Blackburn attributes her success to finding and working with Moxie, an emerging platform that virtually connectss independent trainers with consumers.

Moxie operates by taking a small cut of its instructor’s proceeds, in turn giving them access to the technical tools needed to stream workouts while handling administrative tasks like scheduling and payments.

The company, which launched in October 2020, has been a significant draw for trainers who may have experienced furloughs or layoffs during the pandemic, attracting talent from popular fitness studios like Orangetheory, Barry’s Bootcamp, and SoulCycle. 

“I love showing up, teaching, and leaving,” Blackburn said. “I don’t want to do anything at all on the backend. I don’t want to collect payments or email people about cancellations. My life had become so crazy in an instant with the kids being home full-time and virtual learning, I knew I needed help.” 

Optimize your schedule 

Blackburn starts her day at 4:45 a.m. and immediately gets to work getting her “mommy chores” done, usually laundry and picking up around the house. Her first 50-minute Moxie class starts at 6 a.m. and by 7 a.m. she’s waking the kids, getting them dressed, and situating them at the computer for remote schooling. 

Her most productive time is before noon when the kids are “ultra-focused” on their school work. Blackburn’s husband, who formerly worked at Life Time Fitness before the pandemic hit, is also at home to help watch over the kids. During the day she also works another job assisting remotely with work for a sporting complex in the area, before possibly teaching another Moxie class in the evening. 

“I’m either training someone or coaching a class online at Moxie at night when the kids are doing their own thing around the house,” she said. “Then I get everyone in bed by 10:30 and I wake up and do it all over again.”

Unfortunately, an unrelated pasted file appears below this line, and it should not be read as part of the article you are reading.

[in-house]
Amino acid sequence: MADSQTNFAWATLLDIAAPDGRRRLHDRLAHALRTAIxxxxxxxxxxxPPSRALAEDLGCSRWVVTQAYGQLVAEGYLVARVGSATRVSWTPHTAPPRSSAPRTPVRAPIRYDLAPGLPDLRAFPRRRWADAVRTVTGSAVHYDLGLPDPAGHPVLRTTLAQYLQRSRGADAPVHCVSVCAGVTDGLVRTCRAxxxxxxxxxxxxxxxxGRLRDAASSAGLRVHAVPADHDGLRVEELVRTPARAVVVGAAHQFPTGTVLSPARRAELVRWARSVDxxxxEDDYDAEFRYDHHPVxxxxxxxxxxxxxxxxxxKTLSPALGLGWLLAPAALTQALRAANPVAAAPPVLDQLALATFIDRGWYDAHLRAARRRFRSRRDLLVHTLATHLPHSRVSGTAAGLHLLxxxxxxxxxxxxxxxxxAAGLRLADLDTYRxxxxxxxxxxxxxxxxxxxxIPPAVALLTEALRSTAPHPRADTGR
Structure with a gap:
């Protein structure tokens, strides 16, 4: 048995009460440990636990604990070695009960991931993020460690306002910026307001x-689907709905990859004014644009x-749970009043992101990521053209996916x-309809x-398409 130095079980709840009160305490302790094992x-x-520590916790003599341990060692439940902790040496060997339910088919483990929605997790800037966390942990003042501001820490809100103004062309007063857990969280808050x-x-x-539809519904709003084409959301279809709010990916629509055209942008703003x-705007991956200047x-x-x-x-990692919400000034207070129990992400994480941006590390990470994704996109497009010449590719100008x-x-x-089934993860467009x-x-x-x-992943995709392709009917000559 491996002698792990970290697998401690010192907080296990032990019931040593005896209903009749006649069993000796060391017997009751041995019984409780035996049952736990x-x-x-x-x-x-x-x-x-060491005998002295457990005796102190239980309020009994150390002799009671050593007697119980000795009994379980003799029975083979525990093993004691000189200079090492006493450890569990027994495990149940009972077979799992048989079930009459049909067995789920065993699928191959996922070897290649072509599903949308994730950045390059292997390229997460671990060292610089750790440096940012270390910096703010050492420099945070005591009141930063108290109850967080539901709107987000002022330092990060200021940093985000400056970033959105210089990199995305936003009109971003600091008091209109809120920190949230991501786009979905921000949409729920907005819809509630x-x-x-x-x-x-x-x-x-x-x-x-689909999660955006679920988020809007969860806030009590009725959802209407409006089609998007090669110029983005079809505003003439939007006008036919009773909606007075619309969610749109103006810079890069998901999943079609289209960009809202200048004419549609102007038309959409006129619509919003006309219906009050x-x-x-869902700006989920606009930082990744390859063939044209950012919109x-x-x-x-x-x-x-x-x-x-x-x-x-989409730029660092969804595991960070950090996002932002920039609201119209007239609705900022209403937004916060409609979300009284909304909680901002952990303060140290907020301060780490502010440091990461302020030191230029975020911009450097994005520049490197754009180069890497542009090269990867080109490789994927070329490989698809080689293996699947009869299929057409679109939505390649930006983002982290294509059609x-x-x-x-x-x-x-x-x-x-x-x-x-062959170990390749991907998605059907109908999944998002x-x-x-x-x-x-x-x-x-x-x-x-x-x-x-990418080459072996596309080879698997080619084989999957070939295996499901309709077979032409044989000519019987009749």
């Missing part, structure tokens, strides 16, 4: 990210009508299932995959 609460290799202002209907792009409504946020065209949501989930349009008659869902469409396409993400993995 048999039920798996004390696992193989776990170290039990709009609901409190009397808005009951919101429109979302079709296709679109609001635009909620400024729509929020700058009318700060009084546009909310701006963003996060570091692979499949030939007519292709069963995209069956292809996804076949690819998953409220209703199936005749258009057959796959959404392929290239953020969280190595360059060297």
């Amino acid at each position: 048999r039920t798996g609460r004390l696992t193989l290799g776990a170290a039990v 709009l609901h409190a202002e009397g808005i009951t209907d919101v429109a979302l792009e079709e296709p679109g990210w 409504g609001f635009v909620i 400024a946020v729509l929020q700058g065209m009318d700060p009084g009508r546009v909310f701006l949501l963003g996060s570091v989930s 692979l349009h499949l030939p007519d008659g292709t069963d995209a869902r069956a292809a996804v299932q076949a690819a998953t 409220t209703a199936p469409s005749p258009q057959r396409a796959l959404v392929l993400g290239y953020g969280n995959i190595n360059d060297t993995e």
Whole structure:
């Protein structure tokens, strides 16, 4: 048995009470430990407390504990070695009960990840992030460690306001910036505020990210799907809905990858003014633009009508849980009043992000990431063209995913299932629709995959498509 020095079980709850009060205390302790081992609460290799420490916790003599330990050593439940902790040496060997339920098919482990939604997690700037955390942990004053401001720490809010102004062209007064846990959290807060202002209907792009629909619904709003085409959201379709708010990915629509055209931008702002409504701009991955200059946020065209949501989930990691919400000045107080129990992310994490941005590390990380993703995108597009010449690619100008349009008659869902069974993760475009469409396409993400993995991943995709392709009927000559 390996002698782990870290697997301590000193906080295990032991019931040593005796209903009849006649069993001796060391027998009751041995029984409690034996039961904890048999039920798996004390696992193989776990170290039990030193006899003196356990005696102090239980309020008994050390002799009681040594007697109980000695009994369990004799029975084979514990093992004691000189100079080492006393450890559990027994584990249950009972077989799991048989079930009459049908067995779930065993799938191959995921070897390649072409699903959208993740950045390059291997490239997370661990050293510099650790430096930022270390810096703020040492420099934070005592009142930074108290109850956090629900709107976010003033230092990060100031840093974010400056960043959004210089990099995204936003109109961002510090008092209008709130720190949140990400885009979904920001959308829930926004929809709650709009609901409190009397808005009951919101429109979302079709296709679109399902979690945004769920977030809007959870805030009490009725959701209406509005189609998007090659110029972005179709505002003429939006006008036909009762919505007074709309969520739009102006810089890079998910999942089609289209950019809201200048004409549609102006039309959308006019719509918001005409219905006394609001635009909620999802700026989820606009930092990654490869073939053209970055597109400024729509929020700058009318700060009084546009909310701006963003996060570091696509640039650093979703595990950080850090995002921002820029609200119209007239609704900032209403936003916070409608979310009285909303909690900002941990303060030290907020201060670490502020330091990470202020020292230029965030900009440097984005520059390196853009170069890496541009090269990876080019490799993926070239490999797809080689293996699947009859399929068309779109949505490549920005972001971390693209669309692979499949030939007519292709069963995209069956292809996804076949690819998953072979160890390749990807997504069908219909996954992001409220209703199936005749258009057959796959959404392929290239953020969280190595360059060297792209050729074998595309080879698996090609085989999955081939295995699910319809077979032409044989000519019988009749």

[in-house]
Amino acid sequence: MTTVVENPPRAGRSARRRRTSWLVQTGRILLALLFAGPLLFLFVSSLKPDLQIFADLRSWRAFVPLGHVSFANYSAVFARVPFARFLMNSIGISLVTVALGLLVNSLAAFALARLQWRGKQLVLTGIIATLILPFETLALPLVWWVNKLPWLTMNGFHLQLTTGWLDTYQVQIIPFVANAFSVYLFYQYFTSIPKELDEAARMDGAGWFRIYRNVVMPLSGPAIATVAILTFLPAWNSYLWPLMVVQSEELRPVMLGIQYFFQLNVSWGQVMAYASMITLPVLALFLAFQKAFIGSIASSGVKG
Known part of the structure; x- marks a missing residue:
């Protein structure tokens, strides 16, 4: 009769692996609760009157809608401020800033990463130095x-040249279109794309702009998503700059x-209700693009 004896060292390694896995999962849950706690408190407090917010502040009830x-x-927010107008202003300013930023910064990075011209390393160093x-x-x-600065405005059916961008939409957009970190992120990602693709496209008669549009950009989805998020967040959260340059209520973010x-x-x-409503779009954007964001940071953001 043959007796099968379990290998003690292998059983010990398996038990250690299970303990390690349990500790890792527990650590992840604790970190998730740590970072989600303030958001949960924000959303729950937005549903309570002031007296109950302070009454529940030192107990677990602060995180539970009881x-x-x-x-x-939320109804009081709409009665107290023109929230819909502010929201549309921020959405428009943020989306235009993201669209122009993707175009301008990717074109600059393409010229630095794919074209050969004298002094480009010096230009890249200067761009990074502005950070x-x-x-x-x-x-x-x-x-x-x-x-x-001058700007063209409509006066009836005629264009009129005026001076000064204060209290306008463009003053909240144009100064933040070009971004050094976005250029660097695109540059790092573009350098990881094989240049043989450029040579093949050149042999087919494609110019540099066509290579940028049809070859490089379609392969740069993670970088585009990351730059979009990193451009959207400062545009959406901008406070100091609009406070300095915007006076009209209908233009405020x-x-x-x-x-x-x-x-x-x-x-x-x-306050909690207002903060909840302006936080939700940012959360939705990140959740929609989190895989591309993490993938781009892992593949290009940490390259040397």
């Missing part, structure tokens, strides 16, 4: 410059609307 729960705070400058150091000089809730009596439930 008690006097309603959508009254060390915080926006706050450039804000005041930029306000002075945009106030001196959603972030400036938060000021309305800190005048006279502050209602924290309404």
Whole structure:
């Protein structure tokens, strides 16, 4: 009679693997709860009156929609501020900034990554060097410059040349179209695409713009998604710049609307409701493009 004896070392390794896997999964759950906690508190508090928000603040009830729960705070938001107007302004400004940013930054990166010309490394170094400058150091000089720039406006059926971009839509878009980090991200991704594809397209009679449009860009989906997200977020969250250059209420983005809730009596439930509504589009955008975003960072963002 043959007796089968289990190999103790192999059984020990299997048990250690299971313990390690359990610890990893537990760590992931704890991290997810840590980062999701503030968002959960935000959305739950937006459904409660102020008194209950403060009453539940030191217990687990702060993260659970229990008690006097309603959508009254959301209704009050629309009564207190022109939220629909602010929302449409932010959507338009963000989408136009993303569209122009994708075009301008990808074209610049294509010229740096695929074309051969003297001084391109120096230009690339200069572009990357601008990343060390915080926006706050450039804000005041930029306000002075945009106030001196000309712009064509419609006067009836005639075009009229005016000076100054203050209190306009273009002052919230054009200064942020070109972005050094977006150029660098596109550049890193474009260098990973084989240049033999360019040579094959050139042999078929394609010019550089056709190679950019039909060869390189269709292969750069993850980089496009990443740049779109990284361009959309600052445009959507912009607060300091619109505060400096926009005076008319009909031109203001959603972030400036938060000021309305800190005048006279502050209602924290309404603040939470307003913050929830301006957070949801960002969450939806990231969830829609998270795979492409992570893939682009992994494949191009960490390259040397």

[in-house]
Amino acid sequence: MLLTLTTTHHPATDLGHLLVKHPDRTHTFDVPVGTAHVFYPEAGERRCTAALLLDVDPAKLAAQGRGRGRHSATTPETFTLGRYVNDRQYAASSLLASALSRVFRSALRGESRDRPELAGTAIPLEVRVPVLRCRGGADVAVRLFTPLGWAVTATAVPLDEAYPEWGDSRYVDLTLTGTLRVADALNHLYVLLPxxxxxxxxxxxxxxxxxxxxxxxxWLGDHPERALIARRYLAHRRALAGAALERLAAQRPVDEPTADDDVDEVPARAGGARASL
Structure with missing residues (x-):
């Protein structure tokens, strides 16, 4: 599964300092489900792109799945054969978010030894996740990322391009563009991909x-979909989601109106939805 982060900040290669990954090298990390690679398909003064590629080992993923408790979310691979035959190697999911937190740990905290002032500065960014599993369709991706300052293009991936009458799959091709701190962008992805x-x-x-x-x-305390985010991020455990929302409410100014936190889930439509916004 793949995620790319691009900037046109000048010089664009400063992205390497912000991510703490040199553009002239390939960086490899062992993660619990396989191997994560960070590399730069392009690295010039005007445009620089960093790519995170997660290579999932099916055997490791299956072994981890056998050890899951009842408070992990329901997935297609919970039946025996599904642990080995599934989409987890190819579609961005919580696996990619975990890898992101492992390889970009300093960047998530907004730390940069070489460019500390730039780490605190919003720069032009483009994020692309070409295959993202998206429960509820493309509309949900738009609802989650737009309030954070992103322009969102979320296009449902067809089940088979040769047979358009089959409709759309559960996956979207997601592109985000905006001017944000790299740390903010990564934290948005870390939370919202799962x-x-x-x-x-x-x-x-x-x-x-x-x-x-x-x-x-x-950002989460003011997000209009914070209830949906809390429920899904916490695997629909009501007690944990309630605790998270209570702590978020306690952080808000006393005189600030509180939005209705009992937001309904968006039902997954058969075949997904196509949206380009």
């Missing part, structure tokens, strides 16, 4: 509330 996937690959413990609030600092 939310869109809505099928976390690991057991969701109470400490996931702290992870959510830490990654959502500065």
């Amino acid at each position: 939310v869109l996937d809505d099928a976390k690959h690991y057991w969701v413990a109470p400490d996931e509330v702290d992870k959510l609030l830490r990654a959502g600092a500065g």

Lean into digital 

Blackburn, who first began her career in the fitness industry three decades ago at the YMCA, said getting to Equinox was a career highlight. However, the pandemic proved how much she values being in control of her own schedule, which meant being her own boss. 

“When you’re a fitness instructor, Equinox is like the Buddha of all fitness — it’s very cutting edge, and very backed by science,” she said. “But I live about an hour from an Equinox, so realistically in my life with my kids and the way that school is probably going to remain to be, I don’t think I could have a job that is not flexible anymore.”

Looking ahead, Blackburn said that while she thinks many Americans will return to physical gyms once the pandemic ends, ultimately she plans to continue teaching remotely. According to Blackburn, a majority of her clients skew older, and despite many being empty nesters or close to retirement age, have expressed gratitude at being able to avoid things like traffic and traveling to a gym by working out at home. 

Meanwhile, Blackburn said she plans to keep using Moxie for the indefinite future, thanks to its ability to let her train without dealing with cumbersome administrative tasks. 

“I can focus on what I’m good at, which is coaching,” she said. “I teach for 50 minutes and then my computer goes off and the Moxie team handles everything on the backend and I’m done. It doesn’t require like a ton of extra stress or time.”